Steve Stites, chief medical officer for the University of Kansas Health System in Kansas City, Kansas, said COVID-19 vaccines were moving ahead with early-use authorization from the U.S. Food and Drug Administration. That’s not the same thing as FDA-approved and consequently KU Heath System won’t require its employees to take the vaccine, he said.
“We authorize the early use of it because we’re in a pandemic and we need some type of new tools to try and help combat that,” Stites said. “So, while we are confident or hopefully confident that the vaccines are going to be effective and safe, we don’t have all the data yet.”
Kevin Ault, a physician at KU Health System and a member of the U.S. Centers for Disease Control advisory panel reviewing COVID-19 vaccines, said ongoing safety monitoring of vaccines would include use of cellular telephone applications allowing a recipient to promptly report side effects.
“If you get the vaccine,” he said, “you’ll be able to send you know any adverse events you have. Especially the health care workers, we want them to sign up for that.”
State and hospital officials predicted a surge in patients as cooler weather arrived this year and with dozens of counties resisting public health recommendations issued by Kelly and endorsed by KDHE for people to wear a mask, social distance, wash hands and avoid large gatherings. In response to uptick in COVID-19 infection throughout the state and potential of a post-Thanksgiving rise in cases, about half of Kansas’ 105 counties have adopted the governor’s mask requirement.
Physician David Wild, vice president of performance improvement at KU Health System, said 70% of the Kansas City, Kansas hospital’s 159 coronavirus patients were from the metropolitan area and the others were transfers from the region. Some had to be flown to the hospital, a process that carried additional risk.
About half of the KU hospital’s 100 patients with acute COVID-19 were in intensive-care beds and 29 had been placed on a ventilator. Capacity issues led KU Health Systems this week to free up ICU beds to accommodate complex health needs of patients by transporting some from the main hospital to a satellite facility, he said.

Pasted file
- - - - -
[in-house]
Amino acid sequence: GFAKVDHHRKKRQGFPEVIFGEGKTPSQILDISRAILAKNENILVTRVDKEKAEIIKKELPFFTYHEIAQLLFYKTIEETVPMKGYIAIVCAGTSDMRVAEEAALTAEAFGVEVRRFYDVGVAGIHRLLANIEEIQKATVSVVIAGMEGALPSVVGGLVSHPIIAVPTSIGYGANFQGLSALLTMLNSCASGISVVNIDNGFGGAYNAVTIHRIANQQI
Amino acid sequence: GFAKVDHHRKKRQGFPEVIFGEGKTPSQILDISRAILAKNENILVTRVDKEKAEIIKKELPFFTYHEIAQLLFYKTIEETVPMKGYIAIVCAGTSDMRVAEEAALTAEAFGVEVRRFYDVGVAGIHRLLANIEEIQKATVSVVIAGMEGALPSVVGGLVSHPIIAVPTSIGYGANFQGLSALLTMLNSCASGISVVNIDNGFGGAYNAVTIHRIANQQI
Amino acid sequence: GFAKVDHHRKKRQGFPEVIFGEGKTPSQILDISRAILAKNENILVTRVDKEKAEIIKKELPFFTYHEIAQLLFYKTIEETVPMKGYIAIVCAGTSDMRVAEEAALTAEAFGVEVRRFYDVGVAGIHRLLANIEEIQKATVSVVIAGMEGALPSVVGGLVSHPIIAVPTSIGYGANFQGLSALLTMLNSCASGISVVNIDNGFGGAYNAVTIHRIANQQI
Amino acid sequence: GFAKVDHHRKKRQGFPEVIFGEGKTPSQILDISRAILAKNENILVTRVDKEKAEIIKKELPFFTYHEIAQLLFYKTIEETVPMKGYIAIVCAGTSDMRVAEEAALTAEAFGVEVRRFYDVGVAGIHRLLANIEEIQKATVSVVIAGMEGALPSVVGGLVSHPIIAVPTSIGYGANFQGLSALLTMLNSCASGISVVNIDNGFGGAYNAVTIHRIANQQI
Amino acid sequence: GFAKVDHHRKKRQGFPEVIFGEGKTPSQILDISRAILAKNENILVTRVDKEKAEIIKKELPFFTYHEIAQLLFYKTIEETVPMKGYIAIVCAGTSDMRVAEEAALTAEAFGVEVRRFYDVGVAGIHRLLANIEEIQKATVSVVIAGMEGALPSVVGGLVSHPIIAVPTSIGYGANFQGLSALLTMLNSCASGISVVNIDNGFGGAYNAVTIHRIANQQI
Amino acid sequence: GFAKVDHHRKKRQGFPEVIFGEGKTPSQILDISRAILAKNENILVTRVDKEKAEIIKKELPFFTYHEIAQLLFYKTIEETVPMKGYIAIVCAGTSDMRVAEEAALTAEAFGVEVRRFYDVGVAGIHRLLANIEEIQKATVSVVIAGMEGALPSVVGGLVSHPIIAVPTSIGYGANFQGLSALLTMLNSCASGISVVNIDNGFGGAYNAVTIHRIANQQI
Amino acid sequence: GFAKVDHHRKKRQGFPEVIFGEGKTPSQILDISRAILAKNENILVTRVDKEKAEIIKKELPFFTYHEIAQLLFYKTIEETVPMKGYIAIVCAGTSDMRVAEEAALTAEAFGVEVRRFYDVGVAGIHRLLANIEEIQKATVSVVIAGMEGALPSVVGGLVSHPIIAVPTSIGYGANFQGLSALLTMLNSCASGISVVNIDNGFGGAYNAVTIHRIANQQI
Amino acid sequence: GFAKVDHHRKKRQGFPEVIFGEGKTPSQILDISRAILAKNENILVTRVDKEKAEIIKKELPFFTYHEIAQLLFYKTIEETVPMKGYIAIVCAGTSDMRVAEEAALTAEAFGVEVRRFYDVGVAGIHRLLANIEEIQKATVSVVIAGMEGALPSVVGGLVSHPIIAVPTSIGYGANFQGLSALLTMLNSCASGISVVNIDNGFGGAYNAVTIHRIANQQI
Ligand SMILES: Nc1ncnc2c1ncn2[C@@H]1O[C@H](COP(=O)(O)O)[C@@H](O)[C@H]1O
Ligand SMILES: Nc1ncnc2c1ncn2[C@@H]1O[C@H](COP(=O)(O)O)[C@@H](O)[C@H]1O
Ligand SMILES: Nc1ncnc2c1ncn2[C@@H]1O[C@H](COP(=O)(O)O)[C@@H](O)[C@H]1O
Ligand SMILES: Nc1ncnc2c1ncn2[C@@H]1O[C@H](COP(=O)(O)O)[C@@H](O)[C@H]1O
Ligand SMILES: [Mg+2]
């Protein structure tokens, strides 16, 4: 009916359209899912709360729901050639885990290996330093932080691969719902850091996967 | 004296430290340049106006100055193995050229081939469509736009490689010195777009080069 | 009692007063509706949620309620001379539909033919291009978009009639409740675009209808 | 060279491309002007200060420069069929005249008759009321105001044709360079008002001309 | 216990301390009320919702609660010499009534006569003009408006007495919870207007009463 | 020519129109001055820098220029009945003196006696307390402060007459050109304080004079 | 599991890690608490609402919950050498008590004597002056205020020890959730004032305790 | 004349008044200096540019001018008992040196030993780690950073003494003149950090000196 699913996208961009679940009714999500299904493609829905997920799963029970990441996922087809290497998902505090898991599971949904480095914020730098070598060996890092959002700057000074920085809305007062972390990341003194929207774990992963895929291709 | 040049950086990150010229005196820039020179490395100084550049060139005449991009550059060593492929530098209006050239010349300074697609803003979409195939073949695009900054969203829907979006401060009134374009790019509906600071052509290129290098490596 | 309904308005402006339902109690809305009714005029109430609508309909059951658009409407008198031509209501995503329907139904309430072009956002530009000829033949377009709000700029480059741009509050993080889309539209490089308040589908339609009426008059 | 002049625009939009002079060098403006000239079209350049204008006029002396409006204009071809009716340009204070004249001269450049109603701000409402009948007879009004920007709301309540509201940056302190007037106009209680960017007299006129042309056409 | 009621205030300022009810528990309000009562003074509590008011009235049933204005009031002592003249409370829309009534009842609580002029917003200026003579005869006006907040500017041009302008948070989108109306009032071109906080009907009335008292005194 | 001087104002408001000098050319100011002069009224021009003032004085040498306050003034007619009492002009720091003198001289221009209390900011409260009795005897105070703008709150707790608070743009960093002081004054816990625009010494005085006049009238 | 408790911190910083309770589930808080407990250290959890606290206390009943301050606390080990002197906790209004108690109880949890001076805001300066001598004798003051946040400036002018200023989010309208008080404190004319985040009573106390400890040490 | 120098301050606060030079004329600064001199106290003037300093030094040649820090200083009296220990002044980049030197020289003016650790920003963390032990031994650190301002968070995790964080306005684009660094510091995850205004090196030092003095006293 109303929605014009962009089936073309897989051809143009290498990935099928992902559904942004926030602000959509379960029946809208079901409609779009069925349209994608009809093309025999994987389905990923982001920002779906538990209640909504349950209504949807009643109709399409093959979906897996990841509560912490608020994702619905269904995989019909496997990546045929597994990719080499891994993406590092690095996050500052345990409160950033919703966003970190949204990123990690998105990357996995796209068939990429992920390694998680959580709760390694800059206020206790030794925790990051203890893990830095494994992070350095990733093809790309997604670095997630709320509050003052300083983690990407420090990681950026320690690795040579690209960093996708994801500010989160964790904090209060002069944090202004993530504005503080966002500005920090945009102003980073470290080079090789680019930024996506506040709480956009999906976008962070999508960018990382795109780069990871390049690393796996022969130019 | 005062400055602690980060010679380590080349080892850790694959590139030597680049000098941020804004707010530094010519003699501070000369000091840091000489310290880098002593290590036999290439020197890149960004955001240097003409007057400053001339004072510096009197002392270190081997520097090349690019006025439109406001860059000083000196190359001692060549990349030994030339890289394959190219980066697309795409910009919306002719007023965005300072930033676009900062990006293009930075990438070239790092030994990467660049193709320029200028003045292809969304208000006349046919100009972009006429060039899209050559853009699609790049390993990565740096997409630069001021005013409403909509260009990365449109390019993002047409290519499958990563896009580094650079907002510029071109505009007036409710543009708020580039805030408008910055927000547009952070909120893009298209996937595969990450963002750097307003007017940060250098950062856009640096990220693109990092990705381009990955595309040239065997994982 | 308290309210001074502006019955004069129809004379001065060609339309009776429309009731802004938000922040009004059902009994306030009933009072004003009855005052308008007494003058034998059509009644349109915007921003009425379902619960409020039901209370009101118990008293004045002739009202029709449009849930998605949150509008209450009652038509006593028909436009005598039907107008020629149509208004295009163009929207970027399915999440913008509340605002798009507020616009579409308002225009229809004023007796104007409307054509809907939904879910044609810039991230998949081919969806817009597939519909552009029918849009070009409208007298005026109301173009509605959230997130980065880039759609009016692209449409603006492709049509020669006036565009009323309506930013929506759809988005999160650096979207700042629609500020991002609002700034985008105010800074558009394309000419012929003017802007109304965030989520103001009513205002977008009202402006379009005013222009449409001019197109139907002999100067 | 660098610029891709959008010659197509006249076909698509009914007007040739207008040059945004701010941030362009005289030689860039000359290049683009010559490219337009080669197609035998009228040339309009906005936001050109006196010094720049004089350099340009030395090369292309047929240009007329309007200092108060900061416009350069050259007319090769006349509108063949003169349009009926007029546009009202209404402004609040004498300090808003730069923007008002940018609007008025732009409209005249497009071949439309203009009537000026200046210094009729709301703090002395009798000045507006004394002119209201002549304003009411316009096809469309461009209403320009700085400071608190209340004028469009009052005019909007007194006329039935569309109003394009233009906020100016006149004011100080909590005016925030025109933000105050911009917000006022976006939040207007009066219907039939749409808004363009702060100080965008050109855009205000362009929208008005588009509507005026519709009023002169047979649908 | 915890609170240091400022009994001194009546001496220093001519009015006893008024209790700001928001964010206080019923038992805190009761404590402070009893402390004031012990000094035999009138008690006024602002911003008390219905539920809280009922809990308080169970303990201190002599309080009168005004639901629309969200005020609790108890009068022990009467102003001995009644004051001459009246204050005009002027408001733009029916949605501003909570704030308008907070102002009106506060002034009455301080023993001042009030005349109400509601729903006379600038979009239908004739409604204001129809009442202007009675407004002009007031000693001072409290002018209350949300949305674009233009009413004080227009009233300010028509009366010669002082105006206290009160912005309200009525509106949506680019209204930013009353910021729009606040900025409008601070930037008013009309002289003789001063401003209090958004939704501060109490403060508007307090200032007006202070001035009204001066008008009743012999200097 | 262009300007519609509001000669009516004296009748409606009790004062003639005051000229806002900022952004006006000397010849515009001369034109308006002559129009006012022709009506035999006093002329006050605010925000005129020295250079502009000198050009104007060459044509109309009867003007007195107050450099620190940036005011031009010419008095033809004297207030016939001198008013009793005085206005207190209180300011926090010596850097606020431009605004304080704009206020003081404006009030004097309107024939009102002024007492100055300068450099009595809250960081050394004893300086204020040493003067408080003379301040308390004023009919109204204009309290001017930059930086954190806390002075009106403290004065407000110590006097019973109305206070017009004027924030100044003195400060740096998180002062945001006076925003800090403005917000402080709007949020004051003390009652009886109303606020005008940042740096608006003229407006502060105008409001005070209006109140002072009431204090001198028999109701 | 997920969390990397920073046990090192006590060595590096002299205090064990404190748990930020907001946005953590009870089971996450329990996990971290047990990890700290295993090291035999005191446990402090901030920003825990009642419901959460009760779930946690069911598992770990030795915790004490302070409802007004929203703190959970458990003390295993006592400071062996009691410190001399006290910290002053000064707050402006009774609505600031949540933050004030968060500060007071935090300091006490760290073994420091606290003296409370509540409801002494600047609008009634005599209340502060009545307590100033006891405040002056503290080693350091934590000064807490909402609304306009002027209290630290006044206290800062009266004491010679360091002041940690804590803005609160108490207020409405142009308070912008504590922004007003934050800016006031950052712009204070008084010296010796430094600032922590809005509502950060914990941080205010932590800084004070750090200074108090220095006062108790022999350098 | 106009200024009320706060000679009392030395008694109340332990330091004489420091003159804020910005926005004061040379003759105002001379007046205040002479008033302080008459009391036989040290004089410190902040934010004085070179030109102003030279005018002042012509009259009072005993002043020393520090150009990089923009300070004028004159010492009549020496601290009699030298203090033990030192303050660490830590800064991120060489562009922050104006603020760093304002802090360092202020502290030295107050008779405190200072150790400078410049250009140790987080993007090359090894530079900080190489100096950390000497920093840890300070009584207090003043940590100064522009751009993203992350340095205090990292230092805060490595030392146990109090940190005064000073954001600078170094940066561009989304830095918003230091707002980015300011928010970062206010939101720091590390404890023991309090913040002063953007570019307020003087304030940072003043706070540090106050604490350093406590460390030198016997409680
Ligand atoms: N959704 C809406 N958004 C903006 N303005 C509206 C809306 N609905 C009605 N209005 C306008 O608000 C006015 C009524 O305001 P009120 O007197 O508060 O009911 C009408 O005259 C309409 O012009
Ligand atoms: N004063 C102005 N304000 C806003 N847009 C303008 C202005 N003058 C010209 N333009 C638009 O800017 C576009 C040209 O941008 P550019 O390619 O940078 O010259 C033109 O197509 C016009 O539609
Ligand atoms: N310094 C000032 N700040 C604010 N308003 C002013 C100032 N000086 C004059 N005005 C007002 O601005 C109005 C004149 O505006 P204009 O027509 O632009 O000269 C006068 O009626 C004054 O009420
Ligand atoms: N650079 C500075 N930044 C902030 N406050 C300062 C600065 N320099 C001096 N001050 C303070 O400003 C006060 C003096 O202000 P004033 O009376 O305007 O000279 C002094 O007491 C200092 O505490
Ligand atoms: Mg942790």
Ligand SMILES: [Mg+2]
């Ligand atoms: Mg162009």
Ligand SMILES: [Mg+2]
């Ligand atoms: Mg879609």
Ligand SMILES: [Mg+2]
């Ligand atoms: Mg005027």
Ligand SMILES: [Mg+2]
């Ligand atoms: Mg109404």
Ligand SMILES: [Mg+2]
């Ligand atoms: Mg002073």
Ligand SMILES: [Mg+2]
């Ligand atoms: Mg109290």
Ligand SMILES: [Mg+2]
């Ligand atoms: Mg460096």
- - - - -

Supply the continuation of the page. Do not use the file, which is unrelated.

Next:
“We are only transferring patients who are carefully selected and evaluated and are able to be moved safely by ambulance,” Wild said. “It’s a good example of the ways we are trying really, really hard and sometimes creatively to manage capacity, to make sure everyone who needs care in our community can get it.”
Wild said he expected another increase in COVID-19 patients in the next week or so due to exposures during the Thanksgiving holiday.
Heather Harris, medical director of HaysMed campus of the KU Health System, said half of the hospital’s staffed beds were filled by COVID-19 patients. Since April, the facility has cared for 300 coronavirus patients, but most arrived during November. Last month, she said, the hospital denied 103 transfers from other hospitals. That step had been taken only twice previously in the past 14 years, she said.
“It’s definitely an intense situation for the hospital and the nurses and physicians,” Harris said. “I think some of the rural areas felt they were protected due to their geography from the virus. Clearly, that’s not the case.”
This story has been updated to include a clarification from the office of Gov. Laura Kelly that the plan would be to initate the two-shot vaccination process for 150,000 people in December. The second shot for these individuals would occur in early 2021.
Our stories may be republished online or in print under Creative Commons license CC BY-NC-ND 4.0. We ask that you edit only for style or to shorten, provide proper attribution and link to our web site. Please see our republishing guidelines for use of photos and graphics.